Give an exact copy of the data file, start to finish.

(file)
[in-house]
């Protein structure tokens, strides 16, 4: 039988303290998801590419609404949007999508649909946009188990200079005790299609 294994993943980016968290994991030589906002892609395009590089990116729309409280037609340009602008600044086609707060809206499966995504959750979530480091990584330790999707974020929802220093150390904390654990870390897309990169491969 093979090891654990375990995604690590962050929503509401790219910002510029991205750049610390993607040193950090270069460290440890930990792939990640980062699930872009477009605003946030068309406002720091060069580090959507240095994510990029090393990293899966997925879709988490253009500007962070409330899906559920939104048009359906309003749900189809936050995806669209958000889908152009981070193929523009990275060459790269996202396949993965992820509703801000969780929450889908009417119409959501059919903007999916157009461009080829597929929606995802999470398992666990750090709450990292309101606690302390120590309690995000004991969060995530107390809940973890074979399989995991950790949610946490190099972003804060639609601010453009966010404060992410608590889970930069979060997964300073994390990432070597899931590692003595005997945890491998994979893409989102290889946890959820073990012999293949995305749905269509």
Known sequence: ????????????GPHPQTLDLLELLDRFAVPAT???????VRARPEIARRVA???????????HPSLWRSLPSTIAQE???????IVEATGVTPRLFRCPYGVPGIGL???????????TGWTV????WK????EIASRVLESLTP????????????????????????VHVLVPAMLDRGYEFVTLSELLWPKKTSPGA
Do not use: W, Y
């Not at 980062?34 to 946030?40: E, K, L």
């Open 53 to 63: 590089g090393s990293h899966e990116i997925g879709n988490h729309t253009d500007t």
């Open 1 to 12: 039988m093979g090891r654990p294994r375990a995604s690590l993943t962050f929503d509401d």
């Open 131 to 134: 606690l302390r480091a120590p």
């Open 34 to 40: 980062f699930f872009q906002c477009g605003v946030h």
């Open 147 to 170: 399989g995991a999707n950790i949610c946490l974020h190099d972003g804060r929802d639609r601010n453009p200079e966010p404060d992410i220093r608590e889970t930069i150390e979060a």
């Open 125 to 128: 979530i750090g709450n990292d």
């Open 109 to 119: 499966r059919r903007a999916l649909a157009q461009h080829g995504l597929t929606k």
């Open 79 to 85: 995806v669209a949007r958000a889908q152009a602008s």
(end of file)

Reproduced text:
[in-house]
């Protein structure tokens, strides 16, 4: 039988303290998801590419609404949007999508649909946009188990200079005790299609 294994993943980016968290994991030589906002892609395009590089990116729309409280037609340009602008600044086609707060809206499966995504959750979530480091990584330790999707974020929802220093150390904390654990870390897309990169491969 093979090891654990375990995604690590962050929503509401790219910002510029991205750049610390993607040193950090270069460290440890930990792939990640980062699930872009477009605003946030068309406002720091060069580090959507240095994510990029090393990293899966997925879709988490253009500007962070409330899906559920939104048009359906309003749900189809936050995806669209958000889908152009981070193929523009990275060459790269996202396949993965992820509703801000969780929450889908009417119409959501059919903007999916157009461009080829597929929606995802999470398992666990750090709450990292309101606690302390120590309690995000004991969060995530107390809940973890074979399989995991950790949610946490190099972003804060639609601010453009966010404060992410608590889970930069979060997964300073994390990432070597899931590692003595005997945890491998994979893409989102290889946890959820073990012999293949995305749905269509």
Known sequence: ????????????GPHPQTLDLLELLDRFAVPAT???????VRARPEIARRVA???????????HPSLWRSLPSTIAQE???????IVEATGVTPRLFRCPYGVPGIGL???????????TGWTV????WK????EIASRVLESLTP????????????????????????VHVLVPAMLDRGYEFVTLSELLWPKKTSPGA
Do not use: W, Y
């Not at 980062?34 to 946030?40: E, K, L």
């Open 53 to 63: 590089g090393s990293h899966e990116i997925g879709n988490h729309t253009d500007t």
């Open 1 to 12: 039988m093979g090891r654990p294994r375990a995604s690590l993943t962050f929503d509401d």
């Open 131 to 134: 606690l302390r480091a120590p």
């Open 34 to 40: 980062f699930f872009q906002c477009g605003v946030h």
């Open 147 to 170: 399989g995991a999707n950790i949610c946490l974020h190099d972003g804060r929802d639609r601010n453009p200079e966010p404060d992410i220093r608590e889970t930069i150390e979060a």
């Open 125 to 128: 979530i750090g709450n990292d």
């Open 109 to 119: 499966r059919r903007a999916l649909a157009q461009h080829g995504l597929t929606k």
């Open 79 to 85: 995806v669209a949007r958000a889908q152009a602008s």